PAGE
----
Consistent with other studies [14-16], mortality rates progressively decreased from lowest to highest baseline CD4+ strata, from 6.23 deaths in ≤ 50 CD4+ cell strata to 0.70 deaths/100 PY in the ≥ 500 CD4+ strata. While we did not find statistically significant mortality differences between higher CD4+ levels , this may reflect limited power from smaller numbers of deaths in higher CD4+ categories.
Higher HIV RNA level prior to HAART predicted increased mortality even after adjusting for CD4+ count and prior clinical AIDS. One potential explanation is if those with higher HIV RNA levels had longer time to viral suppression after HAART initiation, and/or did not develop viral suppression before death. Ongoing HIV replication may place patients at greater risk of opportunistic disease or death [17,18].
Among those ≥ 40 years, older age at HAART start was associated with poorer prognosis. Other analyses of HIV patients in the HAART era also report decreased survival with older age [8-10,18]. Given increasing recognition of HIV in those ≥ 50 years [19,20], older patients initiating HIV care and treatment require more intensive monitoring and follow-up.
In this analysis, we combined chronic HBV and HCV antibody positivity, since HIV patients co-infected with either virus have increased mortality from liver-related deaths [21-23]. Although we did not have access to HCV RNA, the great majority of HCV antibody-positive HIV patients likely had chronic HCV infection [23,24]. Providers should know current guidelines for co-infected patient including, when appropriate, therapy against HBV or HCV [4,23,25].
This cohort of HIV-infected military personnel has several strengths. Medical and other support provided to participants (including free HIV treatment) minimize socioeconomic disadvantage and lack of access to care that might otherwise influence outcome. Viral suppression rates in this cohort were reported to approach those in clinical trials . The cohort is ethnically diverse. We can estimate time from HIV SC to HAART start. Follow-up extended for some patients to 14 years, longer than many other studies.
Our analysis has several limitations. We focused on baseline factors at HAART initiation, and not time-updated post-HAART changes. Our endpoint was overall mortality, rather than specific causes of death. Group differences in mortality may be due to additional unmeasured confounding factors. Populations with different demographic or risk characteristics may have different predictors of survival.
In summary, although HAART has improved survival for persons with HIV, defining those at greatest risk for death after HAART initiation, including demographic, clinical and laboratory indicators associated with poorer prognoses, can help identify a subset of patients for whom more intensive monitoring, counseling, and care interventions may improve clinical outcomes and post-HAART survival.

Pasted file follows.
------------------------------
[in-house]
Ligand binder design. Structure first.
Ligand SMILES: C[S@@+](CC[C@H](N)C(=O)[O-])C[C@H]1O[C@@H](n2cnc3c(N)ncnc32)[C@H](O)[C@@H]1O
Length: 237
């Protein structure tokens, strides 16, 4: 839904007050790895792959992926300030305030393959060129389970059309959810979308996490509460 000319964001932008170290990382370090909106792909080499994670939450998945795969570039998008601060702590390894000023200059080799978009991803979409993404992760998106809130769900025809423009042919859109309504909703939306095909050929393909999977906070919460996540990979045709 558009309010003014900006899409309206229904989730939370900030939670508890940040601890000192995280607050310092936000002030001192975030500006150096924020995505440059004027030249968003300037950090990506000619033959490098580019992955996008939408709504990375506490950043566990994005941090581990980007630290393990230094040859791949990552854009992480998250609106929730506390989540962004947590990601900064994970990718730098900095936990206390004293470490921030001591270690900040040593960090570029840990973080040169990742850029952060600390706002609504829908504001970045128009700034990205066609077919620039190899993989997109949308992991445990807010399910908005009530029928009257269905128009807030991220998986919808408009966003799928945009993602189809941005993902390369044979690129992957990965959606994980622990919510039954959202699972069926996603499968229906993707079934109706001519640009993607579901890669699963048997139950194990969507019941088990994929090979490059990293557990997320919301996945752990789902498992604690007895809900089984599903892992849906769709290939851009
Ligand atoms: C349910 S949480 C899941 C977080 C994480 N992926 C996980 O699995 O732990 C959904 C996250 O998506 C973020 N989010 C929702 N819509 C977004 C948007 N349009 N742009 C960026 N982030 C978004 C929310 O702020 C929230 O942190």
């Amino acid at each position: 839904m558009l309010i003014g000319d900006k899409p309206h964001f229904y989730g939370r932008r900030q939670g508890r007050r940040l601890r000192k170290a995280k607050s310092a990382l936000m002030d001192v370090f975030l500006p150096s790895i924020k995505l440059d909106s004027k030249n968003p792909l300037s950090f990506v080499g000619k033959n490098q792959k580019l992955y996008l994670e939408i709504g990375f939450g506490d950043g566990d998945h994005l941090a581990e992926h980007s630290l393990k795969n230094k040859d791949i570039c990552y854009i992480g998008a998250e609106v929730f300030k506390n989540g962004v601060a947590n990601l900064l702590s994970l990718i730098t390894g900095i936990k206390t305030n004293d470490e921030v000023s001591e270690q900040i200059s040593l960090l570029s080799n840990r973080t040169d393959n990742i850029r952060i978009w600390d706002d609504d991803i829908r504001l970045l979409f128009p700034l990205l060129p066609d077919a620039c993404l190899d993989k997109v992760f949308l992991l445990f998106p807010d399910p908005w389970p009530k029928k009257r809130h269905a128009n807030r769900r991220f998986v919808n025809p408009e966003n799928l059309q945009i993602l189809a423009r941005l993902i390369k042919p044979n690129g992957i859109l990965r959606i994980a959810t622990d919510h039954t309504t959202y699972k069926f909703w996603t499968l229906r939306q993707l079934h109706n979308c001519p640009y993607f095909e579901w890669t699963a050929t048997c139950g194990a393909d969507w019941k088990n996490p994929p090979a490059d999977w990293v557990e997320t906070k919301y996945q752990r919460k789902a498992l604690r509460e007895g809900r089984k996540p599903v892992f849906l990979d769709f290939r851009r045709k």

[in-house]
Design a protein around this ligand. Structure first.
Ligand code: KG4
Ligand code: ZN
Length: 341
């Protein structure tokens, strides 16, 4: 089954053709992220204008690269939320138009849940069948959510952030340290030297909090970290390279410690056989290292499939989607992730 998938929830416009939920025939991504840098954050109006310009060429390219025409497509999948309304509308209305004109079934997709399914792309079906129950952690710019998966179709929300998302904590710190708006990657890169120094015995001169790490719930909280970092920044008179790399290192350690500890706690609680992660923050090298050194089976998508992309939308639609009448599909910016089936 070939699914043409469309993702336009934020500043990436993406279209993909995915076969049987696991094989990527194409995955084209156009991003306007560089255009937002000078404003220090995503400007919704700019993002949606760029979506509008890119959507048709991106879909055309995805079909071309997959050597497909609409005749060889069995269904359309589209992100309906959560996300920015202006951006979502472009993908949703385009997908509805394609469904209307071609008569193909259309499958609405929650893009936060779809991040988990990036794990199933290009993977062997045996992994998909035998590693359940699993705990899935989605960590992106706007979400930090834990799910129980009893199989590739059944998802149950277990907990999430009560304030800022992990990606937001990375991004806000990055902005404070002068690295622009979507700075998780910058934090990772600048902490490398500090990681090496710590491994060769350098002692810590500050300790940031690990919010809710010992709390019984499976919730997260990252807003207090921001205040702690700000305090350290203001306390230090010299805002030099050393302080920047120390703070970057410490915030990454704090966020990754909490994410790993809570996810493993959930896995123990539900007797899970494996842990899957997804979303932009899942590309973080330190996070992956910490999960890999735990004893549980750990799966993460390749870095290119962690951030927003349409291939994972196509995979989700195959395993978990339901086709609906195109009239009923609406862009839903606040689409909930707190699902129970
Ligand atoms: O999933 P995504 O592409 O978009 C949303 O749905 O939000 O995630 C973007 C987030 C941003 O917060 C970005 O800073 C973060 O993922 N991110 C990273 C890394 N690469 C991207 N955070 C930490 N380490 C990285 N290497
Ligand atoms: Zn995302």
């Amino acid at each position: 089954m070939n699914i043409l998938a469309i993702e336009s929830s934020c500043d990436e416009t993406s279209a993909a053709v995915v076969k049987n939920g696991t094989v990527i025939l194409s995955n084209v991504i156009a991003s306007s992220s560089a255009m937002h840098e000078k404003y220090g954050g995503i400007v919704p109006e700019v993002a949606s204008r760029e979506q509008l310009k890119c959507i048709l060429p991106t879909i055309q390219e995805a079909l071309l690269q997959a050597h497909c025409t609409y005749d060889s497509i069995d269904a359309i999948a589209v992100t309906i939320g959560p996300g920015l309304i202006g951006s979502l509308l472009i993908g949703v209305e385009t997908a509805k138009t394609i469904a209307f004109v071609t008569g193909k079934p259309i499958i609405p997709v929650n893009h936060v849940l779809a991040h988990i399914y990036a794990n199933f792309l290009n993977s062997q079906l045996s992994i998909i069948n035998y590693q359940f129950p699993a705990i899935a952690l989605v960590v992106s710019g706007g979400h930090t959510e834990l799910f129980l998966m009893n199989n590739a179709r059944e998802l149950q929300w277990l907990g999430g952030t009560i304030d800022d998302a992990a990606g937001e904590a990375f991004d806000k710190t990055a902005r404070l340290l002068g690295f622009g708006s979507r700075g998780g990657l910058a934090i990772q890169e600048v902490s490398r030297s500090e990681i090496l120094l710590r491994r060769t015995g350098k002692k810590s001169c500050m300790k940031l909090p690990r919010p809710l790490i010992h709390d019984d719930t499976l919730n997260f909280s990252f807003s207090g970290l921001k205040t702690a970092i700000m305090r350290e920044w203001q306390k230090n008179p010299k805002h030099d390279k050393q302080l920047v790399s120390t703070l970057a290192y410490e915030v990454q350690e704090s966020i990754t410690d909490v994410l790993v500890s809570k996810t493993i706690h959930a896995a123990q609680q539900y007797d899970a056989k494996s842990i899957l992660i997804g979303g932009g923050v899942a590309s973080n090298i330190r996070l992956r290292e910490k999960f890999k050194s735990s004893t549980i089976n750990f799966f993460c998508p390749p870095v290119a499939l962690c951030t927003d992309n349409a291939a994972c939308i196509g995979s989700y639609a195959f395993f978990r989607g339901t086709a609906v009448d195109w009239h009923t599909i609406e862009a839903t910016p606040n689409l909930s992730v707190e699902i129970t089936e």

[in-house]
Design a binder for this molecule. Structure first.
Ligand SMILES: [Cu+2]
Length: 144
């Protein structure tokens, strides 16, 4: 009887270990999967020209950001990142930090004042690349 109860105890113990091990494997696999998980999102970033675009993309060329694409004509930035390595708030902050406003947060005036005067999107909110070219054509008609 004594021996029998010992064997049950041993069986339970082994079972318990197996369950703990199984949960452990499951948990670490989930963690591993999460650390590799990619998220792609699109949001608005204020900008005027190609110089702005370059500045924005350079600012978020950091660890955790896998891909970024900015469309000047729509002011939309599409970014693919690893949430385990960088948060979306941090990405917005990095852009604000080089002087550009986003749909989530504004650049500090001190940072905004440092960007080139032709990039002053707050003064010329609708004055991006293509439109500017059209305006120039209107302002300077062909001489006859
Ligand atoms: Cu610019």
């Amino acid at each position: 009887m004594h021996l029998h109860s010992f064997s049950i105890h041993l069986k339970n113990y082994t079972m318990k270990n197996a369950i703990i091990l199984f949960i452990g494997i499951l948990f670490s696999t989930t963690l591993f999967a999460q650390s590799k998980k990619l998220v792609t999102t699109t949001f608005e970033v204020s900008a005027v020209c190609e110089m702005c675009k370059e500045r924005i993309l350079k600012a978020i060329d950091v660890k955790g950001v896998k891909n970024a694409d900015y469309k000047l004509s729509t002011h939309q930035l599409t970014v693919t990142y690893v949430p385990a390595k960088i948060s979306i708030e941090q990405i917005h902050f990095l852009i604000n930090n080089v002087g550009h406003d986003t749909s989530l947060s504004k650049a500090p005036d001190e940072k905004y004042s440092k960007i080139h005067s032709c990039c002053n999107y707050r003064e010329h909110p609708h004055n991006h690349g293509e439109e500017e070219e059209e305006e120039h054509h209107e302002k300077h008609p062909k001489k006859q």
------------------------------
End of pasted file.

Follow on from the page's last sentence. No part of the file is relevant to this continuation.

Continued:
The authors declare that they have no competing interests.
AL was lead author on planning and coordinating the analysis, and drafting interim and final versions of the manuscript. EK, PG, AE, and LE provided statistical support and assistance with various aspects of the analysis. GM, NC, AG, JO, BA had multiple responsibilities related to this cohort, including data collection and oversight at study sites at which participants were followed. Co-authors all provided feedback and offered valuable comments and suggestions on versions of this manuscript. All co-authors have seen and approved the final version of this manuscript.
Additional members of the Infectious Disease Clinical Research Program HIV/STI Working Group include Susan Banks, Mary Bavaro, Helen Chun, Cathy Decker, Connor Eggleston, Susan Fraser, Joshua Hartzell, Gunther Hsue, Arthur Johnson, Mark Kortepeter, Tahaniyat Lalani, Michael Landrum, Michelle Linfesty, Scott Merritt, Robert O'Connell, Sheila Peel, Michael Polis, Roseanne Ressnerk, Edmund Tramont, Tyler Warkentien, Paige Waterman, Amy Weintrob, Timothy Whitman, Glenn Wortmann, and Michael Zapor. The content and views expressed in this publication is the sole responsibility of the authors and does not necessarily reflect the views or policies of the NIH or the Department of Health and Human Services, the DoD or the Departments of the Army, Navy, Air Force, Department of Defense, nor the U.S. Government. Mention of trade names, commercial products, or organizations does not imply endorsement by the U.S. Government. Support for this work (IDCRP-000-14) was provided by the Infectious Disease Clinical Research Program, a Department of Defense (DoD) program executed through the Uniformed Services University of the Health Sciences. This project has been funded in whole, or in part, with federal funds from the National Institute of Allergy and Infectious Diseases, National Institutes of Health (NIH), under Inter-Agency Agreement Y1-AI-5072.